• Pham CT, Do QH, Ngo HN, Tran TT, Ziegler T, Nguyen TQ (2020) First report on the anuran fauna of Hai Ha forest, Quang Ninh Province, Vietnam. Check List 16(4): 1025–1041. https://doi.org/10.15560/16.4.1025
  • Pope CH (1929) Four new frogs from Fukien Province, China. American Museum Novitates 352: 1–5.
  • Poyarkov NA, Nguyen TV, Popov ES, Geissler P, Pawangkhanant P, Neang T, Suwannapoom C, Orlov NL (2021) Recent progress in taxonomic studies, biogeographic analysis, and revised checklist of amphibians of Indochina. Russian Journal of Herpetology 28(3A): 1–110. https://doi.org/10.30906/1026-2296-2021-28-3A-1-110
  • Ronquist F, Teslenko M, van der Mark P, Ayres DL, Darling A, Höhna S, Larget B, Liu L, Suchard MA, Huelsenbeck JP (2012) MrBayes 3.2: Efficient Bayesian phylogenetic inference and model choice across a large model space. Systematic Biology 61(3): 539–542. https://doi.org/10.1093/sysbio/sys029
  • Smith MA (1923) On a collection of reptiles and batrachians from the Island of Hainan. The Journal of the Natural History Society of Siam 6: 195–212.
  • Stuart BL, Bain RH, Phimmachak S, Spence K (2010) Phylogenetic systematics of the Amolops monticola group (Amphibia: Ranidae), with description of a new species from northwestern Laos. Herpetologica 66(1): 52–66. https://doi.org/10.1655/08-073.1
  • Sun GZ, Luo WX, Sun HY, Zhang GY (2013) A new species of Cascade Frog from Tibet: China. Forestry Construction 20: 14–16.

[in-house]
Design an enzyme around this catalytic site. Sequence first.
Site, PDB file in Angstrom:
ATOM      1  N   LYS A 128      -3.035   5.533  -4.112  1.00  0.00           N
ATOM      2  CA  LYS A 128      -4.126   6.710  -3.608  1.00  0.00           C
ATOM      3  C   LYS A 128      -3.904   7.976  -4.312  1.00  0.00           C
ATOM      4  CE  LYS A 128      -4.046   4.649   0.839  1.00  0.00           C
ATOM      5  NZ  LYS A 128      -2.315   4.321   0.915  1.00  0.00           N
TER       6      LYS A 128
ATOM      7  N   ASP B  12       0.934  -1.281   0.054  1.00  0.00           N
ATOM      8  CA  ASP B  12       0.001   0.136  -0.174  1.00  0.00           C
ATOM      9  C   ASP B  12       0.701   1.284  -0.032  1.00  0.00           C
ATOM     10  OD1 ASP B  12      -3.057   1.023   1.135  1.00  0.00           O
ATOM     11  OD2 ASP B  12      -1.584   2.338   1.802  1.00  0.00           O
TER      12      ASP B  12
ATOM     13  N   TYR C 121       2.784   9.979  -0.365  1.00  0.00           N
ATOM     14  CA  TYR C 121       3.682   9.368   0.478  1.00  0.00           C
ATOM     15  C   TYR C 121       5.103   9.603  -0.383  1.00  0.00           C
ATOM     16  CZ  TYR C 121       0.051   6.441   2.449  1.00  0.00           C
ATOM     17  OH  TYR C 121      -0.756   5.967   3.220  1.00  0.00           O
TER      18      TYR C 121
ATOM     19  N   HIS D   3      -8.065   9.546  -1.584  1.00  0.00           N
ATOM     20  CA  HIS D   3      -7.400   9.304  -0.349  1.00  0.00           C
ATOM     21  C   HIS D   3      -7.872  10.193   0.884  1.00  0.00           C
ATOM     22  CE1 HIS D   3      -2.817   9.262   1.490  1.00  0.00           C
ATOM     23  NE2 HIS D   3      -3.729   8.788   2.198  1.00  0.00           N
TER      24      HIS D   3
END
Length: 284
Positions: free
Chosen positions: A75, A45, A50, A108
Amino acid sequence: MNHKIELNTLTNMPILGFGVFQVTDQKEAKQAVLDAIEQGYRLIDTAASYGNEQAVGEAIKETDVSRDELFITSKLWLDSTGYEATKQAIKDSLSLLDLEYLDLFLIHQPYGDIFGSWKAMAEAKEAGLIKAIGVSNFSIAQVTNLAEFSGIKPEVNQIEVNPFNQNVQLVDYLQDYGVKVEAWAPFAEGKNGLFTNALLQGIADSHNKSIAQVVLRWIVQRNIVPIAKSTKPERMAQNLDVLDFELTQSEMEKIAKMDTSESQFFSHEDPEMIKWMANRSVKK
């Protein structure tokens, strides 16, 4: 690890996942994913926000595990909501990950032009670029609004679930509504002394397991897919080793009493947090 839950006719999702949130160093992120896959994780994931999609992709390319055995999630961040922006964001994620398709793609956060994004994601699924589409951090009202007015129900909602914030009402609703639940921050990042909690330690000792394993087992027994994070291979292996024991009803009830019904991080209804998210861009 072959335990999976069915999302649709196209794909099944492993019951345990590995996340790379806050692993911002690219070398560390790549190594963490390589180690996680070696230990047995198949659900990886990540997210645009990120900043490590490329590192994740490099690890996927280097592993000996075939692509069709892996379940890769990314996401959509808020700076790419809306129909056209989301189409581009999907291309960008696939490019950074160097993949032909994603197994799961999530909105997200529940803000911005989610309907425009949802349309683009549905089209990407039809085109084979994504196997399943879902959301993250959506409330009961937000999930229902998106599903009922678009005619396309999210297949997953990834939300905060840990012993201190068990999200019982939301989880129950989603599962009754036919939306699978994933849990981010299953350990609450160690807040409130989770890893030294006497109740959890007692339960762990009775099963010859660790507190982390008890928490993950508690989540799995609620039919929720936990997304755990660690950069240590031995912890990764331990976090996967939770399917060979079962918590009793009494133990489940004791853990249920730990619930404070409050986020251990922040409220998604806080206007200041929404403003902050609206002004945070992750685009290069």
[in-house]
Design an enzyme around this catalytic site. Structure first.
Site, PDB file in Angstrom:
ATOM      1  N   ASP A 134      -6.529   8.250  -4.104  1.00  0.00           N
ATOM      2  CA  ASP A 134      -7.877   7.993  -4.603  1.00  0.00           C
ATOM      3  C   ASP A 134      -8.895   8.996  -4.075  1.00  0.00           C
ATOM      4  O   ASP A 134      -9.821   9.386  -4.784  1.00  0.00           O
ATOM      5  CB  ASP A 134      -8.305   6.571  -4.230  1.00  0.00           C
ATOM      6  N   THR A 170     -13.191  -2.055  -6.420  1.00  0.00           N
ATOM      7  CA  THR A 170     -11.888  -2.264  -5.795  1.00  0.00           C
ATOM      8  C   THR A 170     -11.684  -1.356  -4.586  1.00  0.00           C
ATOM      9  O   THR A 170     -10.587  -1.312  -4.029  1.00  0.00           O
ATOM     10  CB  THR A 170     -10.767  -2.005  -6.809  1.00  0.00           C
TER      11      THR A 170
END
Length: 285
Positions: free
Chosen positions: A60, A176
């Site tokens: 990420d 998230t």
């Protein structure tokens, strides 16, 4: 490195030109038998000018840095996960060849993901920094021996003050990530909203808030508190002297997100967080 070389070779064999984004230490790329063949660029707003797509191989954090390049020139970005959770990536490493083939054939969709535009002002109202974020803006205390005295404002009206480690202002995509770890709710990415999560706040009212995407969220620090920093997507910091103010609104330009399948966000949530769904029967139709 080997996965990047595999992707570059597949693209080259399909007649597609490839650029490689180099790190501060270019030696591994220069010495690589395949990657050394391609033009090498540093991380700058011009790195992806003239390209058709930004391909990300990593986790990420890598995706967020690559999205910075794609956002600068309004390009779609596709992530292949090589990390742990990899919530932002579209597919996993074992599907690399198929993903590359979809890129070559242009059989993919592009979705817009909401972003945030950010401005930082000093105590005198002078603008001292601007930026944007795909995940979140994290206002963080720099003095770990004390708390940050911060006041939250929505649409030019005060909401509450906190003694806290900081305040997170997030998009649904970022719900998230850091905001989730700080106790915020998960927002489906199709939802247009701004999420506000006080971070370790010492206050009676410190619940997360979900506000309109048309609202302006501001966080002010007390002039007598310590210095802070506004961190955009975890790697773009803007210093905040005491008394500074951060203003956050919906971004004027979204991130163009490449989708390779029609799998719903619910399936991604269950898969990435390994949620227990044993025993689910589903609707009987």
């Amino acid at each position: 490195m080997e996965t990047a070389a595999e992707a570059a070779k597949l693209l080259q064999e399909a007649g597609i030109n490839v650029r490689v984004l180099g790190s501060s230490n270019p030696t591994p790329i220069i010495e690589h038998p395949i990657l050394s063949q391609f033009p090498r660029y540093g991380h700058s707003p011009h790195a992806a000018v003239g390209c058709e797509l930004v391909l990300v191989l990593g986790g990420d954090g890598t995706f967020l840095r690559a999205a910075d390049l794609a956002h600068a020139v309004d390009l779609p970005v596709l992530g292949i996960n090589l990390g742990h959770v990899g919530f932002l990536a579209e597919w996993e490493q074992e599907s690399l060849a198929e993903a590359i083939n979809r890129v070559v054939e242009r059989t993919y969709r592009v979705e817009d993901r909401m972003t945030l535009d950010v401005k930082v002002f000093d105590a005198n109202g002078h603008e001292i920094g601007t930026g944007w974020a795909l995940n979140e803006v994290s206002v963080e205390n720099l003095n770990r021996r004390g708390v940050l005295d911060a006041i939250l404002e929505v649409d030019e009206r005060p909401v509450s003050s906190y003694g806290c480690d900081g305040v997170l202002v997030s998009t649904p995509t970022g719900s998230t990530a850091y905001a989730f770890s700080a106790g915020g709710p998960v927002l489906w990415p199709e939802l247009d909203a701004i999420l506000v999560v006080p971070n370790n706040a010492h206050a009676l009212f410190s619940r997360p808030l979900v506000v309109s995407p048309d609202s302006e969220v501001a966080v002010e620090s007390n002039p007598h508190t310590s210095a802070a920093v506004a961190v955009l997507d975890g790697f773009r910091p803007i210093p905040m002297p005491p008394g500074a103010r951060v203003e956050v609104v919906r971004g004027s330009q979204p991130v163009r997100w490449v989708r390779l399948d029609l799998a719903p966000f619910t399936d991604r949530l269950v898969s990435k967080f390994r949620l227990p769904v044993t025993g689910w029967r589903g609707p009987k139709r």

• Wu GF, Tian WS (1995) A new Amolops species from southern Yunnan. In: Zhao EM (Ed.) Amphibian Zoogeographic Division of China. A Symposium Issued to Celebrate the Second Asian Herpetological Meeting Held at Ashgabat, Turkmenistan 6 to 10 September 1995. Sichuan Journal of Zoology (Supplement), 51–52.
  • Wu YH, Yan F, Stuart BL, Prendini E, Suwannapoom C, Dahn HA, Zhang BL, Cai HX, Xu YB, Jiang K, Chen HM, Lemmon AR, Lemmon EM, Raxworthy CJ, Orlov NL, Murphy RW, Che J (2020) A combined approach of mitochondrial DNA and anchored nuclear phylogenomics sheds light on unrecognized diversity, phylogeny, and historical biogeography of the torrent frogs, genus Amolops (Anura: Ranidae). Molecular Phylogenetics and Evolution 148: 106789. https://doi.org/10.1016/j.ympev.2020.106789
  • Xiao N, Luo QH, Deng HQ, Zhou J, Luo T (2019) Morphology, phylogeny and taxonomy of Amolops ricketti (Amphibia, Ranidae) in Guizhou Province. Journal of Zhejiang University 45(6): 736–745. [Agriculture and Life Sciences]
  • Yang DT (1991) The Amphibia Fauna of Yunnan. China Forestry Publishing House, Beijing.
  • Yang DT, Rao DQ (2008) Amphibia and Reptilia of Yunnan. Yunnan Science and Technology Press, Kunming, China.
  • Yuan ZY, Jin JQ, Li J, Stuart BL, Wu J (2018) A new species of cascade frog (Amphibia: Ranidae) in the Amolops monticola group from China. Zootaxa 4415(3): 498–512. https://doi.org/10.11646/zootaxa.4415.3.5
  • Zeng ZC, Wang J, Lyu ZT, Wang YY (2021) A new species of Torrent frog (Anura, Ranidae, Amolops) from the coastal hills of southeastern China. Zootaxa 5004(1): 151–166. https://doi.org/10.11646/zootaxa.5004.1.6